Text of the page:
How different from this when one fares forth, companioned by one of the same mind; or, better still, with one’s own honourable self, exploring the unknown, revisiting the already loved, with some sort of resting-place to return to, and the knowledge of time pleasantly effaced! One speeds along the straight road, flying into the beckoning horizon, conscious only of mountain lines or stacked cloud masses; living, for the instant, in air, space become fluid and breathable, earth a mere detail; and then, at the turn, slackening earth’s power asserting itself with the road’s windings. Curiosity keenly on edge, or memory awakened; and the past also casting its spells, with the isolated farms or the paved French villages by the river-bank, or the church spire, the towers, in the distance…. A wrong turn is no hardship; it merely gives additional knowledge of the country, a further detail of the characteristic lie of the land, a different view of some hill or some group of buildings. Indeed, I often deliberately deflect, try road and lane merely to return again, and have bicycled sometimes half an hour round a church to watch its transepts and choir fold and unfold, its towers change place, and its outline of high roof and gargoyles alter on the landscape. Then the joy, spiced with the sense of reluctance, of returning on one’s steps, sometimes on the same day, or on successive days, to see the same house, to linger under the same poplars by the river. Those poplars I am thinking of are alongside a stately old French mill, built, towered, and gabled, of fine grey stone; and the image of them brings up in my mind, with the draught and foam of the weir and the glassiness of the backwater, and the whirr of the horse-ferry’s ropes, that some of the most delightful moments which one’s bicycle can give, are those when the bicycle is resting against a boat’s side (once also in Exmouth harbour); or chained to an old lych-gate; or, as I remarked about my Campagna ride, taking its rest also and indulging its musings.
I have alluded to the variety and alteration of pace which we can, and should, get while bicycling. Skimming rapidly over certain portions of the road sordid suburbs, for instance and precipitating our course to the points where we slacken and linger, the body keeps step with the spirit; and actuality forestalls, in a way, the selection by memory; significance, pleasantness, choice, not brute outer circumstance, determining the accentuation, the phrasing (in musical sense) of our life. For life must be phrased lest it become mere jabber, without pleasure or lesson. Indeed, one may say that if games teach a man to stand a reverse or snatch an opportunity, so bicycling might afford an instructive analogy of what things to notice, to talk about and remember on life’s high-roads and lanes; and what others, whizzing past on scarce skimming wheel, to reject from memory and feeling. The bicycle, in this particular, like the imagination it so well symbolizes, is a great liberator, freeing us from dwelling among ugliness and rubbish. It gives a foretaste of freedom of the spirit, reducing mankind to the only real and final inequality: inequality in the power of appreciating and enjoying. The poor clerk, or schoolmistress, or obscure individual from Grub Street can, with its help, get as much variety and pleasure out of a hundred miles’ circuit as more fortunate persons from unlimited globetrotting. Nay, the fortunate person can on a bicycle get rid of the lumber and litter which constitutes so large a proportion of the gifts of Fortune. For the things one has to have, let alone the things one has to do (in deference to butler and lady’s-maid, high priests of fitness), are as well left behind, if only occasionally. And among such doubtful gifts of fortune is surely the thought of the many people employed in helping one to do nothing whatever. It spoils the Campagna, for instance, to have a brougham, with coachman and footman, and grooms to lead back the horses, all kicking their heels at the bridge of the Anio: worthy persons, no doubt, and conscientiously subserving our higher existence; but the bare fact of whom, their well-appointed silhouettes, seem somehow incongruous as we get further and more solitary among the pale grass billows, deeper into that immense space, that unlimited horizon of ages.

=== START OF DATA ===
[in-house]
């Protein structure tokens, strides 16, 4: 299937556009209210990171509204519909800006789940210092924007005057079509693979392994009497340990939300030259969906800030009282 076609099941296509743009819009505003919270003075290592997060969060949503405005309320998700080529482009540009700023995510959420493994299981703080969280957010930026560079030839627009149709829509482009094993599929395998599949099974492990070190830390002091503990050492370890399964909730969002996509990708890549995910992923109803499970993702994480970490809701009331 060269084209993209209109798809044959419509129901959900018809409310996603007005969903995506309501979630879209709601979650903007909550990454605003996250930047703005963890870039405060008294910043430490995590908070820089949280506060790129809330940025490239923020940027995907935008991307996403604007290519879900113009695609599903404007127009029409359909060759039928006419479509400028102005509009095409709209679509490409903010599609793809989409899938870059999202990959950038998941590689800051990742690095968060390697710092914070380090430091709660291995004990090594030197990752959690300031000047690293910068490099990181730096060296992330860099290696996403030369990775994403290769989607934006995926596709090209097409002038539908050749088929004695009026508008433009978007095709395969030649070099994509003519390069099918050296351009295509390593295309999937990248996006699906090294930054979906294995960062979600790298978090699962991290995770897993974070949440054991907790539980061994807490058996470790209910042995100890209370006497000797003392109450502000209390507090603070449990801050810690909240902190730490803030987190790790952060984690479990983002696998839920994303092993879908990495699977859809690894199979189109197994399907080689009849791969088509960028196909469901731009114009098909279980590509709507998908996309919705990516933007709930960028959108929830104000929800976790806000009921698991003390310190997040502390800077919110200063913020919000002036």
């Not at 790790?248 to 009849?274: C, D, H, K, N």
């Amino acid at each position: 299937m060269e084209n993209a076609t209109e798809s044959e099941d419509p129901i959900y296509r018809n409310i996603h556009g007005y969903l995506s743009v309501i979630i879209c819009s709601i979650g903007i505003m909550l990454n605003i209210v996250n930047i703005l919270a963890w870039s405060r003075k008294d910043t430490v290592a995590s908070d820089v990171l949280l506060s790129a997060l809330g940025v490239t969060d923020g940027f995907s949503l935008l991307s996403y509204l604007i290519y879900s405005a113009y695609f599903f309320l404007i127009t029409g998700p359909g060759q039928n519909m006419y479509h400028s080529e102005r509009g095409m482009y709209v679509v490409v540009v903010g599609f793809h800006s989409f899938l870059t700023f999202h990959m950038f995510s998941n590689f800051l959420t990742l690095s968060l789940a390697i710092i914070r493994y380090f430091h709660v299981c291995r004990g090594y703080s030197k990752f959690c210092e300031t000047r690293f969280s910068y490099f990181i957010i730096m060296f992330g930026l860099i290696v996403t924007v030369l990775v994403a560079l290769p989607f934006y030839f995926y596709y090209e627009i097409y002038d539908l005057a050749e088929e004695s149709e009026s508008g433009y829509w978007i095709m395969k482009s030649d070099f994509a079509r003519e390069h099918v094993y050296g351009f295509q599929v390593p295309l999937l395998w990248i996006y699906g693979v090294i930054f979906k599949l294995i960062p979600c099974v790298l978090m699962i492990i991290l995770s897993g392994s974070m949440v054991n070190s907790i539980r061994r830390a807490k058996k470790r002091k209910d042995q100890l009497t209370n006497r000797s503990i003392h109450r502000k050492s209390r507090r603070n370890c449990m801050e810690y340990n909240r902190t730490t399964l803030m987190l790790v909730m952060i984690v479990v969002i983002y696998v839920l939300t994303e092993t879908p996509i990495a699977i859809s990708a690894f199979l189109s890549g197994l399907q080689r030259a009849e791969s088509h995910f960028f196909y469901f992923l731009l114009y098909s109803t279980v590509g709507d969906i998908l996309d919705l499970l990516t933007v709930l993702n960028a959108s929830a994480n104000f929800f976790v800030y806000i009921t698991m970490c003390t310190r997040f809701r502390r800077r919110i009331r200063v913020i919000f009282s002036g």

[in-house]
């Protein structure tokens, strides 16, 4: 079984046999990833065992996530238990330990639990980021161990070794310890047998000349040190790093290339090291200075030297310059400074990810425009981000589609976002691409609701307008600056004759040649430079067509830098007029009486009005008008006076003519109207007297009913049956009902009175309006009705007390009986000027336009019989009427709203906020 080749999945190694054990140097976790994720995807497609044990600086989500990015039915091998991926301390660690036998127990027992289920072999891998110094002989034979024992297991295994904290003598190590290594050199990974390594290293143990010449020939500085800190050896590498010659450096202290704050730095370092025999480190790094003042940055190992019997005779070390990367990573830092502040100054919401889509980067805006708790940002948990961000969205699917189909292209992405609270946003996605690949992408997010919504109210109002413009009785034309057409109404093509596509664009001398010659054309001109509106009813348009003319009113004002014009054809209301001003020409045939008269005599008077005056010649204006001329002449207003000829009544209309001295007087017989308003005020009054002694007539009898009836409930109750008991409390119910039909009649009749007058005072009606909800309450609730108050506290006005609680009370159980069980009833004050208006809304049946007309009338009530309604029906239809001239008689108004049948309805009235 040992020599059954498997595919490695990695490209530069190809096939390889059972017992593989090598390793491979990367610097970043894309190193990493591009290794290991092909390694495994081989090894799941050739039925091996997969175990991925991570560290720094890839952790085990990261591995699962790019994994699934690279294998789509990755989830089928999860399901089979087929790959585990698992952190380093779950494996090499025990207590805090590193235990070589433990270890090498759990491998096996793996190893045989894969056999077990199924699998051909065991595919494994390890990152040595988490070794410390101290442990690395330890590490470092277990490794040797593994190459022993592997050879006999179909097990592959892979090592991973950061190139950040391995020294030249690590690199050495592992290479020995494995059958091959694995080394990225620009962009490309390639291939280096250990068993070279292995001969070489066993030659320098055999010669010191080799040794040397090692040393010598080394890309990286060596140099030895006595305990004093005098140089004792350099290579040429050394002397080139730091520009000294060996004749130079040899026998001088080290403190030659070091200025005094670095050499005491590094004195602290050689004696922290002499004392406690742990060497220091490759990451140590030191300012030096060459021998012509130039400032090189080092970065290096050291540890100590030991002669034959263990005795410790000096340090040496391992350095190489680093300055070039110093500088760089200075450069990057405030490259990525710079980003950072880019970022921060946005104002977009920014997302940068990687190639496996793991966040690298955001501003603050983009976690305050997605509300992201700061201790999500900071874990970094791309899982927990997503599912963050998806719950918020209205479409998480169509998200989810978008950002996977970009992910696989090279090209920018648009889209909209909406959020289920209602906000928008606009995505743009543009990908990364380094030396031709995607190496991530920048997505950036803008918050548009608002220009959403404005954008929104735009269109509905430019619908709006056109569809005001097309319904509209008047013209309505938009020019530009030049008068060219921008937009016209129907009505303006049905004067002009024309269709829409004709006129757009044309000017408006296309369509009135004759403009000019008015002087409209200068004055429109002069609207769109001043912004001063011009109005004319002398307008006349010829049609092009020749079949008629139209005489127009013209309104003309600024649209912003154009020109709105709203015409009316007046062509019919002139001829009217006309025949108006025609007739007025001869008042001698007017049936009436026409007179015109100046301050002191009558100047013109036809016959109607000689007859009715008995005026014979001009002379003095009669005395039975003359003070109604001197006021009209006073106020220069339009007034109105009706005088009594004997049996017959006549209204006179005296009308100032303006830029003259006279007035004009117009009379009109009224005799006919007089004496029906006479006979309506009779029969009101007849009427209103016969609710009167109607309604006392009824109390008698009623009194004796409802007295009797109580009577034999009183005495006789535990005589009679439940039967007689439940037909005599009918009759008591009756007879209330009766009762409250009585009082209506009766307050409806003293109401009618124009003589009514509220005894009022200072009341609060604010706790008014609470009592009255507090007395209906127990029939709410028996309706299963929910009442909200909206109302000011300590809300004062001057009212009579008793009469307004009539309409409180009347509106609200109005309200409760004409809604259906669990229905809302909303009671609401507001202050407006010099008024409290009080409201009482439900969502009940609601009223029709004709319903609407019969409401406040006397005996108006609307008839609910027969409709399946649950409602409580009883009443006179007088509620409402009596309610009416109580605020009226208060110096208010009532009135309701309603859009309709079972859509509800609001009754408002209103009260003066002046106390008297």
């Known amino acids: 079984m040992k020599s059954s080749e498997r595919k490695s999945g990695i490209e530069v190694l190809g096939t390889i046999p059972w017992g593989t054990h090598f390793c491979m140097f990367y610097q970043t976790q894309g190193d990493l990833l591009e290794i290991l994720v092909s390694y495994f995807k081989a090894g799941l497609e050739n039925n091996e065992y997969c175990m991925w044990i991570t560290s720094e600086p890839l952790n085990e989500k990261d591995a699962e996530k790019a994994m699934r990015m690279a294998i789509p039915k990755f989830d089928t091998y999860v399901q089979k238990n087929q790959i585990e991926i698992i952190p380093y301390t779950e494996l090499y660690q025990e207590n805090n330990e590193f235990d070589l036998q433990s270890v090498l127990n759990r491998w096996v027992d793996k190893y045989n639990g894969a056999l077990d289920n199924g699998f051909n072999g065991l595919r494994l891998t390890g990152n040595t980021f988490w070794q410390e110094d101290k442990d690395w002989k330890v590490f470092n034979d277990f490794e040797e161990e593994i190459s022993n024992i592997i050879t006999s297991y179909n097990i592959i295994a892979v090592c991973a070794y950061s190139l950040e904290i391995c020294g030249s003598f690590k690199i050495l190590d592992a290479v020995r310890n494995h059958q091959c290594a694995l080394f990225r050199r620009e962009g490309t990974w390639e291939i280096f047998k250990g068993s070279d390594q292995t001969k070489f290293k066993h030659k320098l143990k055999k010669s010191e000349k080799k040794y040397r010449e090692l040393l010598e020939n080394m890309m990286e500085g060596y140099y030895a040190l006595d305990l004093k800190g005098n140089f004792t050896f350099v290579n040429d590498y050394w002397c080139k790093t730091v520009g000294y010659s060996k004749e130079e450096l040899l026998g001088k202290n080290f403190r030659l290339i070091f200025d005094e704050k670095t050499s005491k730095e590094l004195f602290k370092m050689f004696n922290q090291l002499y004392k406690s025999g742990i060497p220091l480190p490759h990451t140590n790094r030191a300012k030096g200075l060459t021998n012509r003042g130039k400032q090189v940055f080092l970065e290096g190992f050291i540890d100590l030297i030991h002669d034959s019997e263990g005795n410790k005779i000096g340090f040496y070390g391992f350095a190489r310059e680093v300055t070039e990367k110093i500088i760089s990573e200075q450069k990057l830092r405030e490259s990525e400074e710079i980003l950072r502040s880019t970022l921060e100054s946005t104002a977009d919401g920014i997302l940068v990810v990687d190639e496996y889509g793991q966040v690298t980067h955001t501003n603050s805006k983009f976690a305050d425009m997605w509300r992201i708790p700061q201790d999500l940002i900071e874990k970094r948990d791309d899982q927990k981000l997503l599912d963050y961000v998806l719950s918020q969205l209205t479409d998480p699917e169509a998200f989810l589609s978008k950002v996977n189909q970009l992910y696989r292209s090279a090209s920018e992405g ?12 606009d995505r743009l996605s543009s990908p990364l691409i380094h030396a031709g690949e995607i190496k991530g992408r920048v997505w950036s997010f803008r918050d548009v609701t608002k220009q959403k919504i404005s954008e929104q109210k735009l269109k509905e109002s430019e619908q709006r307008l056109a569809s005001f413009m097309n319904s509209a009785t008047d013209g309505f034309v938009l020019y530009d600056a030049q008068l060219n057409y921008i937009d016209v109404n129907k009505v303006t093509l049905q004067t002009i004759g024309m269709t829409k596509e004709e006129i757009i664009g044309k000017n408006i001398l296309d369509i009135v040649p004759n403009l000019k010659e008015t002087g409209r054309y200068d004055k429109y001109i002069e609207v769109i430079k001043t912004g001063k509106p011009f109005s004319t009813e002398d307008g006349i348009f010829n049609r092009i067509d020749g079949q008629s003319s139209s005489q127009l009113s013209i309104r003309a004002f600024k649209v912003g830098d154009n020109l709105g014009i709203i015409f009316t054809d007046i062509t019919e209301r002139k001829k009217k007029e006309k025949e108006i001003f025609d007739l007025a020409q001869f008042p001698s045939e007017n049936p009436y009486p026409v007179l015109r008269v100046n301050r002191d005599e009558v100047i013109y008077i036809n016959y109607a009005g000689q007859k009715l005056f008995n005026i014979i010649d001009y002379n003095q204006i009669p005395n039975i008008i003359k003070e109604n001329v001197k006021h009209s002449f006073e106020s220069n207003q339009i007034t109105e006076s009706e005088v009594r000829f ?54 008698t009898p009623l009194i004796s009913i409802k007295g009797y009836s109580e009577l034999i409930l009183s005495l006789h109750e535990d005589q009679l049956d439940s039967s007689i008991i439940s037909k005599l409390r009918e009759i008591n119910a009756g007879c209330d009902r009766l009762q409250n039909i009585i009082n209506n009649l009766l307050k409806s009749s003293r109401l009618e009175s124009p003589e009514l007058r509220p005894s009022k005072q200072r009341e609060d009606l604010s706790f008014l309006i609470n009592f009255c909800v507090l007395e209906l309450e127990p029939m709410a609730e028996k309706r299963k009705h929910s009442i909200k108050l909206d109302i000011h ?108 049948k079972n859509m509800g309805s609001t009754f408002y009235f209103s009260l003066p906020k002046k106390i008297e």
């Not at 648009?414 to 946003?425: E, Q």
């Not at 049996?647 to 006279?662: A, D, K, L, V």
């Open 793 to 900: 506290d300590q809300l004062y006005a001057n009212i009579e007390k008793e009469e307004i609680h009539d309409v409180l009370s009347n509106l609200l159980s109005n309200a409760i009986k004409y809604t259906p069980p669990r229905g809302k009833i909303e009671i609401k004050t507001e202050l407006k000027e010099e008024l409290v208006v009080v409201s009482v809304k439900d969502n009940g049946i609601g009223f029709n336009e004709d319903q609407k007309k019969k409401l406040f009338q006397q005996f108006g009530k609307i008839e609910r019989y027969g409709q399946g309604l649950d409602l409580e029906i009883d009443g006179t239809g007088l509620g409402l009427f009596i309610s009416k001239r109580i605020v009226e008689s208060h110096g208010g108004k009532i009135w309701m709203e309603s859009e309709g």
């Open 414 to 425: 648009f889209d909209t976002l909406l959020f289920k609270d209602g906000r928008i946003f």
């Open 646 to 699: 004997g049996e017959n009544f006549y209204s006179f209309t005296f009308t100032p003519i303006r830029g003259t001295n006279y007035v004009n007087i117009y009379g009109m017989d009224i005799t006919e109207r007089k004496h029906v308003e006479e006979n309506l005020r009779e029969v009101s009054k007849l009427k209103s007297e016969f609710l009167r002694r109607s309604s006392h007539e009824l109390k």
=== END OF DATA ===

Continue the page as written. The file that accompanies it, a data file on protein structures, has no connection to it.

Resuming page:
These are some of the prestigious merits of the bicycle, though many more might be added. This grotesque iron courser, not without some of the grasshopper’s absurd weirdness, is a creature of infinite capacities for the best kind of romance the romance of the fancy. It may turn out to be (I always suspect it) the very mysterious steed which carried adventurous knights and damsels through forests of delightful enchantments, sprouting wings, proving a hippogriff and flying up, whenever fairies were lacking or whenever envious wizards were fussing about And, as reward or perhaps crown for its many good services, reposed occasionally by Britomart’s or Amadis’ side, far from the world’s din, even as my bicycle rested on the pale wintry grass hillocks, under the rolling cloud bales and the song of invisible larks, of the Campagna.
Essay first published in 1904